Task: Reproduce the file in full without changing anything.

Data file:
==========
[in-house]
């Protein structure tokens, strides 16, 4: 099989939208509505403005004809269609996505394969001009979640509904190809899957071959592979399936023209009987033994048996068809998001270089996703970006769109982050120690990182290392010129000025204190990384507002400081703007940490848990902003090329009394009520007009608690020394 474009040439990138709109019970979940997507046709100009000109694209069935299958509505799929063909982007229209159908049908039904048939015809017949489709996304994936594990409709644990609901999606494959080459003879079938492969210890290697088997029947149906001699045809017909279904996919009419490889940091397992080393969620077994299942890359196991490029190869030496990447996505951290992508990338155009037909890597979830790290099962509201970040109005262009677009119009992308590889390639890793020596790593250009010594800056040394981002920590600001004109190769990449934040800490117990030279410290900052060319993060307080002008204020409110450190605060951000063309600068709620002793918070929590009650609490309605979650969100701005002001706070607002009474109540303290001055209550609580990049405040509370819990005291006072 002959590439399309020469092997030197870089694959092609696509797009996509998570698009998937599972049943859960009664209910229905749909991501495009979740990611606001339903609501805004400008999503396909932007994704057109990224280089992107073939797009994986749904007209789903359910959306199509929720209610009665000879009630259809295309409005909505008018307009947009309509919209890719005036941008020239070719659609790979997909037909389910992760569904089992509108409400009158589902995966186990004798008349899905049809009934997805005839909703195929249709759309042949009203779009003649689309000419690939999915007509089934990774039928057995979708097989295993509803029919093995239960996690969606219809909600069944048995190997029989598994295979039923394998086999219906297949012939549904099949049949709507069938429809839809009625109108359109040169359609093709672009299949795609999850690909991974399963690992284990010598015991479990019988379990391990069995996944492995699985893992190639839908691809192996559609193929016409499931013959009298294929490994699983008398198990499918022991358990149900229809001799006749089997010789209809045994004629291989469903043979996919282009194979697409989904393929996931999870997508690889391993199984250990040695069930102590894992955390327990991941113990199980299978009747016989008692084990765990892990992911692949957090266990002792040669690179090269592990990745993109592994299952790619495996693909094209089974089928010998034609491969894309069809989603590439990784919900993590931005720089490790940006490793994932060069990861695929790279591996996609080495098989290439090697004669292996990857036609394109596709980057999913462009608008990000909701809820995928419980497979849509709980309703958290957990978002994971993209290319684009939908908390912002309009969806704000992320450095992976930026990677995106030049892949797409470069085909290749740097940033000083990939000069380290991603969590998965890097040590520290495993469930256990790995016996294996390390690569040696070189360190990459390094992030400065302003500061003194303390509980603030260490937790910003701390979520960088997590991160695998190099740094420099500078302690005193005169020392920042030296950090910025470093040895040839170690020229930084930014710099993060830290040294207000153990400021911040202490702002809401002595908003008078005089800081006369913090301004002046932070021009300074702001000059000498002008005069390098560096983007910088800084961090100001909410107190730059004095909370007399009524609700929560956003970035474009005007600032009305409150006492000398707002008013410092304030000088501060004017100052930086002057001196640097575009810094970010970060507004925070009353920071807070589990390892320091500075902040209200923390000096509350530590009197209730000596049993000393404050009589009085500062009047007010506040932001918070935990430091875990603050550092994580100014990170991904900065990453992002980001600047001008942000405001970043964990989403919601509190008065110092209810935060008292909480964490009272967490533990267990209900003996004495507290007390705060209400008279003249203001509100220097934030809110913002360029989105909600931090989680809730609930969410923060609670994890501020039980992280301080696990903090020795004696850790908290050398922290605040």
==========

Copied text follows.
[in-house]
């Protein structure tokens, strides 16, 4: 099989939208509505403005004809269609996505394969001009979640509904190809899957071959592979399936023209009987033994048996068809998001270089996703970006769109982050120690990182290392010129000025204190990384507002400081703007940490848990902003090329009394009520007009608690020394 474009040439990138709109019970979940997507046709100009000109694209069935299958509505799929063909982007229209159908049908039904048939015809017949489709996304994936594990409709644990609901999606494959080459003879079938492969210890290697088997029947149906001699045809017909279904996919009419490889940091397992080393969620077994299942890359196991490029190869030496990447996505951290992508990338155009037909890597979830790290099962509201970040109005262009677009119009992308590889390639890793020596790593250009010594800056040394981002920590600001004109190769990449934040800490117990030279410290900052060319993060307080002008204020409110450190605060951000063309600068709620002793918070929590009650609490309605979650969100701005002001706070607002009474109540303290001055209550609580990049405040509370819990005291006072 002959590439399309020469092997030197870089694959092609696509797009996509998570698009998937599972049943859960009664209910229905749909991501495009979740990611606001339903609501805004400008999503396909932007994704057109990224280089992107073939797009994986749904007209789903359910959306199509929720209610009665000879009630259809295309409005909505008018307009947009309509919209890719005036941008020239070719659609790979997909037909389910992760569904089992509108409400009158589902995966186990004798008349899905049809009934997805005839909703195929249709759309042949009203779009003649689309000419690939999915007509089934990774039928057995979708097989295993509803029919093995239960996690969606219809909600069944048995190997029989598994295979039923394998086999219906297949012939549904099949049949709507069938429809839809009625109108359109040169359609093709672009299949795609999850690909991974399963690992284990010598015991479990019988379990391990069995996944492995699985893992190639839908691809192996559609193929016409499931013959009298294929490994699983008398198990499918022991358990149900229809001799006749089997010789209809045994004629291989469903043979996919282009194979697409989904393929996931999870997508690889391993199984250990040695069930102590894992955390327990991941113990199980299978009747016989008692084990765990892990992911692949957090266990002792040669690179090269592990990745993109592994299952790619495996693909094209089974089928010998034609491969894309069809989603590439990784919900993590931005720089490790940006490793994932060069990861695929790279591996996609080495098989290439090697004669292996990857036609394109596709980057999913462009608008990000909701809820995928419980497979849509709980309703958290957990978002994971993209290319684009939908908390912002309009969806704000992320450095992976930026990677995106030049892949797409470069085909290749740097940033000083990939000069380290991603969590998965890097040590520290495993469930256990790995016996294996390390690569040696070189360190990459390094992030400065302003500061003194303390509980603030260490937790910003701390979520960088997590991160695998190099740094420099500078302690005193005169020392920042030296950090910025470093040895040839170690020229930084930014710099993060830290040294207000153990400021911040202490702002809401002595908003008078005089800081006369913090301004002046932070021009300074702001000059000498002008005069390098560096983007910088800084961090100001909410107190730059004095909370007399009524609700929560956003970035474009005007600032009305409150006492000398707002008013410092304030000088501060004017100052930086002057001196640097575009810094970010970060507004925070009353920071807070589990390892320091500075902040209200923390000096509350530590009197209730000596049993000393404050009589009085500062009047007010506040932001918070935990430091875990603050550092994580100014990170991904900065990453992002980001600047001008942000405001970043964990989403919601509190008065110092209810935060008292909480964490009272967490533990267990209900003996004495507290007390705060209400008279003249203001509100220097934030809110913002360029989105909600931090989680809730609930969410923060609670994890501020039980992280301080696990903090020795004696850790908290050398922290605040």